Pitt Magazine Homepage Table of Contents



To drive from Pittsburgh to Connellsville, Pennsylvania, you travel 50 miles heading southeast. Your destination: a high school football field with its quarter-mile running track. On the edge of this track stands a magnificent oak tree 60 feet high. From time to time people approach the tree, gathering acorns to plant in places where the sport of track and field is revered. They do so because the oak tree in Connellsville is rooted in history, alive with the echoes of the 1936 Olympic Games, of Adolf Hitler, of a theory of Aryan supremacy smashed by black athletes in Berlin Stadium. These athletes include the great sprinter Jesse Owens, of course, and also middle-distance running phenom John Woodruff--the "Black Shadow of Pittsburgh," as author Damon Runyon once dubbed him. A shadow never to be caught.

John Woodruff was born in Connellsville. He is now 80 years of age, retired after a long career working with disadvantaged kids in the New York City area. He is the grandson of Virginia slaves, the son of parents who scratched out a livelihood on rocky Pennsylvania farmland.

Woodruff dropped out of school at age 16. "I tried to get a job in a factory and make some money. They wouldn't hire me. That's one time I'm glad I was rejected because I was black." He returned to school, joined the track team, and displayed his God-given speed and human tenacity by setting a national high school record in the mile.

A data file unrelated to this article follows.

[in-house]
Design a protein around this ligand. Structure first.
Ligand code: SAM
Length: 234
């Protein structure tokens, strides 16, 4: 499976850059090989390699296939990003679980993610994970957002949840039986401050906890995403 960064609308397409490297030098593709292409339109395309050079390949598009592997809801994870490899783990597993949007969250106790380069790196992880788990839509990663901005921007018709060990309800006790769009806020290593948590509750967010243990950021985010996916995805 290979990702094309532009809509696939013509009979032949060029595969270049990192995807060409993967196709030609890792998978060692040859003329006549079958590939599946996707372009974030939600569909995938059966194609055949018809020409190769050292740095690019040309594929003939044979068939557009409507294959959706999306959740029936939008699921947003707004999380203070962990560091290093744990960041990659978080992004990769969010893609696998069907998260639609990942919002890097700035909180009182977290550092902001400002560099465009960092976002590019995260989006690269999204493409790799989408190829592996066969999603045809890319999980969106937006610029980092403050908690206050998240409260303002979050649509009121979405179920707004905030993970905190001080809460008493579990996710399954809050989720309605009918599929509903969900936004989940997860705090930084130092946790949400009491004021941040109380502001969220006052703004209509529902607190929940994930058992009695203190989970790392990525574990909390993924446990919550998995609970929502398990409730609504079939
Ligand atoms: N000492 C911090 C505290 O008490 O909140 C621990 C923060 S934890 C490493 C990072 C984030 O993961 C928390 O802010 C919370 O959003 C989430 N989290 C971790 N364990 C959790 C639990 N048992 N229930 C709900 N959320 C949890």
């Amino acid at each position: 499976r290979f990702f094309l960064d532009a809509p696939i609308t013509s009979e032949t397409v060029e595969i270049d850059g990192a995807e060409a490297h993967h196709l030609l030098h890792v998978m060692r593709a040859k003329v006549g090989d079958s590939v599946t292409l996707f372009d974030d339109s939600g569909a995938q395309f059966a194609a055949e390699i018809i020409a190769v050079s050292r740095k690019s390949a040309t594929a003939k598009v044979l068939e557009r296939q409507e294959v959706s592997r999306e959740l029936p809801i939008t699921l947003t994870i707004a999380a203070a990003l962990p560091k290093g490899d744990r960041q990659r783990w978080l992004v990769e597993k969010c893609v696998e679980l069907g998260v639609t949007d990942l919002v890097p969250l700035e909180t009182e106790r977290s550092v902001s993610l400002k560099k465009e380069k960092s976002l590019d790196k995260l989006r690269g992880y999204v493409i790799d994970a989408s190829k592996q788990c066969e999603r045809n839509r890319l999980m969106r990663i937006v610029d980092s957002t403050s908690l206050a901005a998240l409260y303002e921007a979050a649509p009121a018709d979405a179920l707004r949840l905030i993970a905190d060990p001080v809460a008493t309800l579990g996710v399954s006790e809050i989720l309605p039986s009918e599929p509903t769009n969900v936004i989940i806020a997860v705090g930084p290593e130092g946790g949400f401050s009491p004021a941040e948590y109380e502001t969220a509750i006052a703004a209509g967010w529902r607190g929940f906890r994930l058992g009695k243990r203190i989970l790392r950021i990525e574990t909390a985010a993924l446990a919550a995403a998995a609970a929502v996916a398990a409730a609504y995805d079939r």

Awarded a scholarship to Pitt, Woodruff arrived on campus with 25 cents to his name. He hit the books. "I really had to dig." He hit the track. "My technique wasn't that classical. I was just powerful." He also possessed a phenomenal running stride--nine feet in length. He covered a lot of ground.

In his freshman year, Woodruff qualified for the 1936 Olympics in the 800-meter race. On to Berlin--the cynosure, that frenzied season, of world politics and world athletics. Hitler envisioned the games as a showcase of Aryan supremacy: the belief that pure-blooded whites were meant to rule the earth.

In the preliminaries, Woodruff shot to the lead and won easily. In the semi-finals, he followed the same straightforward strategy. Then came the finals, under the gaze of Hitler and 110,000 spectators. "Why I ran the way I did will forever escape me," he says now. Woodruff began at a pace just off the lead. After 400 meters, he realized he was boxed in. He slowed down briefly until he was walking. Then, astonishingly breaking all rhythm, he stopped. Completely. And then it happened. He shifted to an outside lane, last in the pack, and aided by some deity of swiftness, sped past every competitor with his heron-like stride. Only after he won the Gold Medal did he realize a runner had spiked him badly in the knee.

Looking back 60 years, Woodruff remembers it all with emotional sharpness. He remembers his joy on the victory stand as a young German girl handed him an oak sapling, the tree that now towers with glory above a running track in Connellsville. At the right time of day, you can see the tree's oneness with a black shadow--lengthening in perfect stride.

Pitt Magazine Homepage Table of